Just One Little Mistake
The detective has finally cracked the case, figuring out who committed the crime and how it was done. He gathers everyone together and delivers The Summation, describing in meticulous detail how the crime was pulled off, before finally fingering the perp by name. The accused looks down in bewilderment, and it's clear to the audience that he's the murderer. Just when you might expect him to break down, confess and launch into a Motive Rant, he looks up confidently, laughs, and calmly comes back with... "Interesting theory, detective, but where's your evidence?" The implication is, of course, that while the detective's line of reasoning may be rock solid, and he may have successfully deduced how the Locked Room Murder was committed, he still doesn't have any strong evidence that proves the accused was involved in the crime. However, the detective can in fact prove it, and has an ace-in-the-hole piece of evidence in his possession that he was just waiting to trot out at the right moment. The detective will reveal that the perp made Just One Little Mistake, and then, much to the accused's chagrin, produce a decisive piece of evidence that completely buries him. Cue the Big "NO!". This might happen in a Clueless Mystery. Also see Bluffing the Murderer, Pulling The Thread.
- In Death Note, both L and Near deduce very quickly that Light must be Kira. The rest of the series they spend trying to get Light to make Just One Little Mistake.
- And he does. He declares that he won before Near was supposed to die.
- Detective Conan. Literally almost every episode ends with this, immediately preceding the Motive Rant.
- Subverted in Hot Fuzz, when Nick Angel accuses Simon Skinner. The trope is set up perfectly and Angel even triumphantly announces his evidence of Skinner's Just One Little Mistake - a cut on his leg sustained in a chase. Except the cut isn't there, and Skinner smugly hands over evidence that he was in his grocery store all day.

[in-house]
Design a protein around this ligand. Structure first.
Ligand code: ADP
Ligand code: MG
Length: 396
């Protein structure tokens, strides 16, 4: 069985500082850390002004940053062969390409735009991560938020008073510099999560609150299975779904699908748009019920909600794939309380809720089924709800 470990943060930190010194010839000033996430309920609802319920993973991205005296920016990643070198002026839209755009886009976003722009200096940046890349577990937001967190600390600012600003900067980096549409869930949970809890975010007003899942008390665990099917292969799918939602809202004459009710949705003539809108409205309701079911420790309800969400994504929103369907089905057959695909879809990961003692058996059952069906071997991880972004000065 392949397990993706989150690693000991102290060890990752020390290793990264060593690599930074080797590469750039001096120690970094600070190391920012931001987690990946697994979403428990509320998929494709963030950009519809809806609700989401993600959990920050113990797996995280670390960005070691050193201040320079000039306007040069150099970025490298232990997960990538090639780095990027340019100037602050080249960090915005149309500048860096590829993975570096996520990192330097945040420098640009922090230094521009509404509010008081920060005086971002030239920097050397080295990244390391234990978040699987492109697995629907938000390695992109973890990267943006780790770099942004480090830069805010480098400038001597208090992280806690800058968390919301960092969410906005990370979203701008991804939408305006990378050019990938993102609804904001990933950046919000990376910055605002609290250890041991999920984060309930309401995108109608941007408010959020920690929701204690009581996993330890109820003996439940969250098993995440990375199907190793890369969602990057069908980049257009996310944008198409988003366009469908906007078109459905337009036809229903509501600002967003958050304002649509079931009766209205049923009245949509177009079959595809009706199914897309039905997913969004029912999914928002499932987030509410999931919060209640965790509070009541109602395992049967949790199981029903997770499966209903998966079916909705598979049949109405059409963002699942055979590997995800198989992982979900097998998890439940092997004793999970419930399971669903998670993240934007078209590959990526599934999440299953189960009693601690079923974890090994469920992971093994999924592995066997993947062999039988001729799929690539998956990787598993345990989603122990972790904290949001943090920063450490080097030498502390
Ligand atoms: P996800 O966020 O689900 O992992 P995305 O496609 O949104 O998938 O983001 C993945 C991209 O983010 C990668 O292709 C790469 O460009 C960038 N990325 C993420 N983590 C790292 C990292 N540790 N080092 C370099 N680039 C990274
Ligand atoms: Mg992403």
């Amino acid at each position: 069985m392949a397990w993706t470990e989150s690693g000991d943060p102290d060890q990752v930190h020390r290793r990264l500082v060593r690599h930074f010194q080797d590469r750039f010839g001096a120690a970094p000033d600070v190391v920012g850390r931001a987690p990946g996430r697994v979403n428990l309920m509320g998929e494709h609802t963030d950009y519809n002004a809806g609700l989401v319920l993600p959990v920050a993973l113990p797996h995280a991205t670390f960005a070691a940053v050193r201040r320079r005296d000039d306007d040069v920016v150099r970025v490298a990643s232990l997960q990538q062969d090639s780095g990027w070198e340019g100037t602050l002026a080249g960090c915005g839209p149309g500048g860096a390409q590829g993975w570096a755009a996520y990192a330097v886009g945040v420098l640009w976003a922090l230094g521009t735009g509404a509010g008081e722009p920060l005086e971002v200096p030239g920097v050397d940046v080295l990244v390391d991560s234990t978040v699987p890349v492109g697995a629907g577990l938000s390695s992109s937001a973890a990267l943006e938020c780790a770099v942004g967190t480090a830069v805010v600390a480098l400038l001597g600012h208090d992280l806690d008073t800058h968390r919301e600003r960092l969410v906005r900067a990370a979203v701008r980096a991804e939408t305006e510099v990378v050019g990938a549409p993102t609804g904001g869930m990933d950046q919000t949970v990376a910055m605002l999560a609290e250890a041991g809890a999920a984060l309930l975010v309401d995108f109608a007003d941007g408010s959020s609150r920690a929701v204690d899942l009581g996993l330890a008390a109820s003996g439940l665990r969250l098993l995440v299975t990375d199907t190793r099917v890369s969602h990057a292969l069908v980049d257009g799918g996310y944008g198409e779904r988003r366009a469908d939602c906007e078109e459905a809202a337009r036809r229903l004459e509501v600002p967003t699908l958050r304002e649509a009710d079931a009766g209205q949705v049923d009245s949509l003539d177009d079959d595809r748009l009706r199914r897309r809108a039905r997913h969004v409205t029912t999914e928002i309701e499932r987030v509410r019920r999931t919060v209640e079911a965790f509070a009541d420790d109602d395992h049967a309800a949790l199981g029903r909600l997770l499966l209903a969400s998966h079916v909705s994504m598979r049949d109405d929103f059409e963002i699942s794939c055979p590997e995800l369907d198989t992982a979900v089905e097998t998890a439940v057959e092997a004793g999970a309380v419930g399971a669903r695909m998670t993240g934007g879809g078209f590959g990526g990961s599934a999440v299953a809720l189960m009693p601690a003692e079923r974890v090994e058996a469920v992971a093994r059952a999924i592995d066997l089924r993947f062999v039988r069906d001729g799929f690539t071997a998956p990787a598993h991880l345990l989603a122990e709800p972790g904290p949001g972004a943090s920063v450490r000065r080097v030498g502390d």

- In 36 Hours (1965) WWII German agents use a Faked Rip Van Winkle deception on a captured American officer in an attempt to learn the details of the upcoming D-Day operation, including changing his body while he was unconscious to make him look and feel six years older. He notices that he still has a minor injury that ought to have healed if so much time has really passed.
- The talk between Harry and Voldemort in the end of Harry Potter and the Deathly Hallows. Paraphased and with coarser language, it goes something like this. "You made just one little mistake! You didn't know that the ownership of the unbeatable wand transferred from Dumbledore to Draco Malfoy, and from him to me, giving me instant victory in this duel, BIATCH!"
- Delivered oh-so-smugly at the end of Empire from the Ashes to "Mister X", who otherwise might have escaped detection completely thanks to elaborate contingency plans and preparations. The mistake? Making absolutely no mention of orchestrating the heirs' assassination—what should have been a crowning achievement—in the supposed diary of the guy taking the fall.
- Although, to give them credit, Colin himself pointed out that it only told them something didn't quite add up. That only got them looking harder. If we were to look at everything, we would probably find other places where "Mister X" slipped up. Then again, Colin also notes that it was that little mistake that got them to write off the guy taking the fall, and made them look at other people which could have pulled off what they know was pulled off... which was a very short list.